A Black Lives Matter street mural in Oak Park was defaced early Wednesday, altered to read “All Lives Matter.”
A runner saw the vandalized painting and reported it to police, according to an officer on the scene.
The mural was painted with village approval as Oak Park joined a growing number of towns and cities putting up large Black Lives Matter art installations. The project was led by Cullen Benson and Cortlyn Kelly and designed by Franka Huanchicay.
The mural is on Scoville Avenue, just south of Lake Street in the near-west suburb. It was completed less than two weeks ago.
Vandalizers used black paint to paint over some of the letters, then altered others with white paper to morph the phrase “Black Lives Matter” into “All Lives Matter.”
Oak Park employees from the Department of Public Works power-washed the 100-foot-long painting during the day Wednesday, and the “Black” letters had been largely restored to their original form and color in time for a 5 p.m. news conference and rally.
Hundreds of community members at the rally used provided chalk to write supportive messages around the mural.
“While this morning sucked, it clearly has turned into something really beautiful,” Kelly told the crowd. “We created this mural to cause conversation. And it kind of did, and people were really thankful we did it. But the conversation didn’t really start until today, after it was defaced because a lot of people didn’t realize we had this problem.”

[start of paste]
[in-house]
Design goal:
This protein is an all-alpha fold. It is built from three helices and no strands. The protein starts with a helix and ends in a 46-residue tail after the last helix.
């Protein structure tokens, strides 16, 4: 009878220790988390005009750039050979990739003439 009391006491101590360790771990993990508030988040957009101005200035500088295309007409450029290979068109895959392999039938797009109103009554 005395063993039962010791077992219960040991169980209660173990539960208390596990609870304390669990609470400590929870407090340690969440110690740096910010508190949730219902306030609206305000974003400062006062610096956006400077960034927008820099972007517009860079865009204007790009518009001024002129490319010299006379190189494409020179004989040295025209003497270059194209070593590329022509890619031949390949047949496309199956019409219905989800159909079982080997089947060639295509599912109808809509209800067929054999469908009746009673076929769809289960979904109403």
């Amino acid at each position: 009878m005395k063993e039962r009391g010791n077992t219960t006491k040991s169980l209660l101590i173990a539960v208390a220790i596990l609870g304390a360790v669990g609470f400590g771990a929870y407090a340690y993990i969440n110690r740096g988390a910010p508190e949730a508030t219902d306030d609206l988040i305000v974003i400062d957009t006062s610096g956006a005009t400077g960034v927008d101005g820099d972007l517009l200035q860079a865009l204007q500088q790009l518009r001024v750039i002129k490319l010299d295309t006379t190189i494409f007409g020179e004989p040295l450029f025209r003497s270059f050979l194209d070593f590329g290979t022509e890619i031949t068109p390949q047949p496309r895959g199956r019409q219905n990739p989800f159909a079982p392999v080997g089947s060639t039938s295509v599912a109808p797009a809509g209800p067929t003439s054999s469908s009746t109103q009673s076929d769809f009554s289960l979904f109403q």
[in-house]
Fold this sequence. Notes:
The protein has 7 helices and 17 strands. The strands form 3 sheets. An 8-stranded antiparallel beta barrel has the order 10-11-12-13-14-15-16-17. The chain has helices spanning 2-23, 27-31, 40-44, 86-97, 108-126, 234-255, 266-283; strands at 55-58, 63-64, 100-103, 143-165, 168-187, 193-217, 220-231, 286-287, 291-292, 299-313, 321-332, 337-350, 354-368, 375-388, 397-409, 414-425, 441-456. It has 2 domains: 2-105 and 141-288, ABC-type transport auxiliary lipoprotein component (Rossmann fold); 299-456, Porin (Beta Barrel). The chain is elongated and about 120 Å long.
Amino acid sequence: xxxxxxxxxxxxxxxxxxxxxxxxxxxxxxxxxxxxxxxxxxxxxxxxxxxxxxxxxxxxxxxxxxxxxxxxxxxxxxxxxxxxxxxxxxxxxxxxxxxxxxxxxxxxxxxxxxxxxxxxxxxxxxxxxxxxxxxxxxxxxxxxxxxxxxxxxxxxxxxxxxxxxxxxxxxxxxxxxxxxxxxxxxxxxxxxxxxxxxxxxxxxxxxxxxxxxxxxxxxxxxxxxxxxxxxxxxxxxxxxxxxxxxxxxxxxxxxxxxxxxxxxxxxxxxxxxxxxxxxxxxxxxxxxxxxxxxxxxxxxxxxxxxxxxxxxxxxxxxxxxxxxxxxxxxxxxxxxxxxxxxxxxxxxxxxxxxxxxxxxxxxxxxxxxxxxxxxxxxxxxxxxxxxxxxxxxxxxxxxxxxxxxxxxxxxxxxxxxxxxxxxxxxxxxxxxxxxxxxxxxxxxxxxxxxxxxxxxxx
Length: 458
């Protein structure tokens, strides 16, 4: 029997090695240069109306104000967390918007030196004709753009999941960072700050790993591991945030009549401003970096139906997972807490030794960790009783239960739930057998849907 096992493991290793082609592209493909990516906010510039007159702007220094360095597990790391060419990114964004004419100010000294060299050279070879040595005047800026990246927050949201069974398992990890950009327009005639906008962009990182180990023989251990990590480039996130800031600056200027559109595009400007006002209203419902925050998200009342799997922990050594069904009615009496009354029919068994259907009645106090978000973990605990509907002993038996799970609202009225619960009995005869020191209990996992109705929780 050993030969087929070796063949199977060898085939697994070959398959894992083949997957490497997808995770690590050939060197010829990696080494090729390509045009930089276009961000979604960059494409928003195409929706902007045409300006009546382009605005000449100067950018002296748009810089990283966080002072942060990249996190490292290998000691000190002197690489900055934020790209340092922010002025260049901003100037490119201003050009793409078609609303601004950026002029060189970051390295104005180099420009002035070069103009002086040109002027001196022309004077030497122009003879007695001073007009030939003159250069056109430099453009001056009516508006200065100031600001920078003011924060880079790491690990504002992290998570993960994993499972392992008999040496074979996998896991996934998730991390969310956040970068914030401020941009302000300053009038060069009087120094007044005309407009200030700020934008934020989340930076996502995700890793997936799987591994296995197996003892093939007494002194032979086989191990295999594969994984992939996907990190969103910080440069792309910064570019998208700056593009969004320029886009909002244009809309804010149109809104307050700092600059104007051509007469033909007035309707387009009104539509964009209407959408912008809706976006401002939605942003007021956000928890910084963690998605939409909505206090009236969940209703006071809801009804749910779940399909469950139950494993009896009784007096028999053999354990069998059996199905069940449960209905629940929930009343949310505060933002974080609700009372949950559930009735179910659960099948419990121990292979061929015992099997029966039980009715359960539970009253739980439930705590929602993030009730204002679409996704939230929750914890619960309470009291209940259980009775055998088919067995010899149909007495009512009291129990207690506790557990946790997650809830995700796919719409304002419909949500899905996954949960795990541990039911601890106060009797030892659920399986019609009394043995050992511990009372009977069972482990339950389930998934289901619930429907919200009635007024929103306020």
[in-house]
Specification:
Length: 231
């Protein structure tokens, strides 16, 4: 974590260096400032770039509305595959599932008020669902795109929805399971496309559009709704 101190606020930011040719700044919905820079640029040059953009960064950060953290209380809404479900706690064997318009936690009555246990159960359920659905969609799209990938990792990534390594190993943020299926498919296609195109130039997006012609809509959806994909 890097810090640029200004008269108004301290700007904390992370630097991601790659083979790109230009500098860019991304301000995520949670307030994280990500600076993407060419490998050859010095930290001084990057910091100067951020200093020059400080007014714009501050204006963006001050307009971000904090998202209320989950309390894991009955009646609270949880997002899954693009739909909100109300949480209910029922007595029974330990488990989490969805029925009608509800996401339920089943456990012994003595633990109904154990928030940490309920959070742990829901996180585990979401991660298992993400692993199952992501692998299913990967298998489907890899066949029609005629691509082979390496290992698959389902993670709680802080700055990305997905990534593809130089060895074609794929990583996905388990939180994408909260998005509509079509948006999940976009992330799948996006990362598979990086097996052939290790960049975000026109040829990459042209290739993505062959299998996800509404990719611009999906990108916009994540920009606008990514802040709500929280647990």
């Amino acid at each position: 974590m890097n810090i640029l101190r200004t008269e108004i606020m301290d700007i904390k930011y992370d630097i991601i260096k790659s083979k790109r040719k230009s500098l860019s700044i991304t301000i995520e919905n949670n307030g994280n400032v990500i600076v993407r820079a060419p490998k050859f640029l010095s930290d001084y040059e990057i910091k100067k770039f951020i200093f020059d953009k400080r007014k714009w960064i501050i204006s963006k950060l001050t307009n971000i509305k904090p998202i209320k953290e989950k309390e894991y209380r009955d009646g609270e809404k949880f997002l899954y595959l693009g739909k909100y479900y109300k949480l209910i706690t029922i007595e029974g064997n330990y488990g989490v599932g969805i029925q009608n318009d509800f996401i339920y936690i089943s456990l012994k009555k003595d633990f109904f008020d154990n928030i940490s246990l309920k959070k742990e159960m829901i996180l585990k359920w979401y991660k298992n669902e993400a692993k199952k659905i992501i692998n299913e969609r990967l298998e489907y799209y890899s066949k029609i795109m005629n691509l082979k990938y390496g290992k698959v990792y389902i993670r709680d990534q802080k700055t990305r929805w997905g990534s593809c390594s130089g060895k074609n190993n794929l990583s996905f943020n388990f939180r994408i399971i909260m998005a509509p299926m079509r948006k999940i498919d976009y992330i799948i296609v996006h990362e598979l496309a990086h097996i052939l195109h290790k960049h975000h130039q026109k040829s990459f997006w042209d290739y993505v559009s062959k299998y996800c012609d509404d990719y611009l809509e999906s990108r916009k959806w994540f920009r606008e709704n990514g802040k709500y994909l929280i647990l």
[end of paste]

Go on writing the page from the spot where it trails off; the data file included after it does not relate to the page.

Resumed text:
Makayla Pye — a rising junior at Oak Park-River Forest High School and one of the event’s organizers — then called on Oak Park residents to realize that racism exists within their community, despite its “reputation as a diverse and very liberal place.”
“‘Black Lives Matter’ should not be a controversial statement,” Pye said. “If you hear ‘Black Lives Matter’ and immediately your response is to say ‘All Lives Matter,’ that says a lot about how you perceive race.”
The village issued a statement “expressing sadness and disappointment” at the vandalism.
Benson, the 22-year-old lead organizer, is in Arizona and was unable to attend the rally. But his mother, Mak Flournoy, kept a watchful eye over cleanup efforts.
“This is a reminder that if white folks can’t give us a small mural on a side street in Oak Park, they won’t be able to give up much,” Flournoy said. “Sadly, I think that if they aren’t ready for this then they certainly won’t be ready for the things to really make this country, and this village, and state, better.”
Flournoy, who’s Black, said she was driven to tears this morning when she heard the news but was happy to see how the village responded. She said people can’t assume an Oak Park resident did this but it still speaks to racism in the United States overall.
“[The mural] is not going away, we are not going away, Black people are not going away,” Flournoy said. “We are here. We will be stronger and better.”
Manny Ramos is a corps member in Report for America, a not-for-profit journalism program that aims to bolster Sun-Times coverage of Chicago’s South and West sides.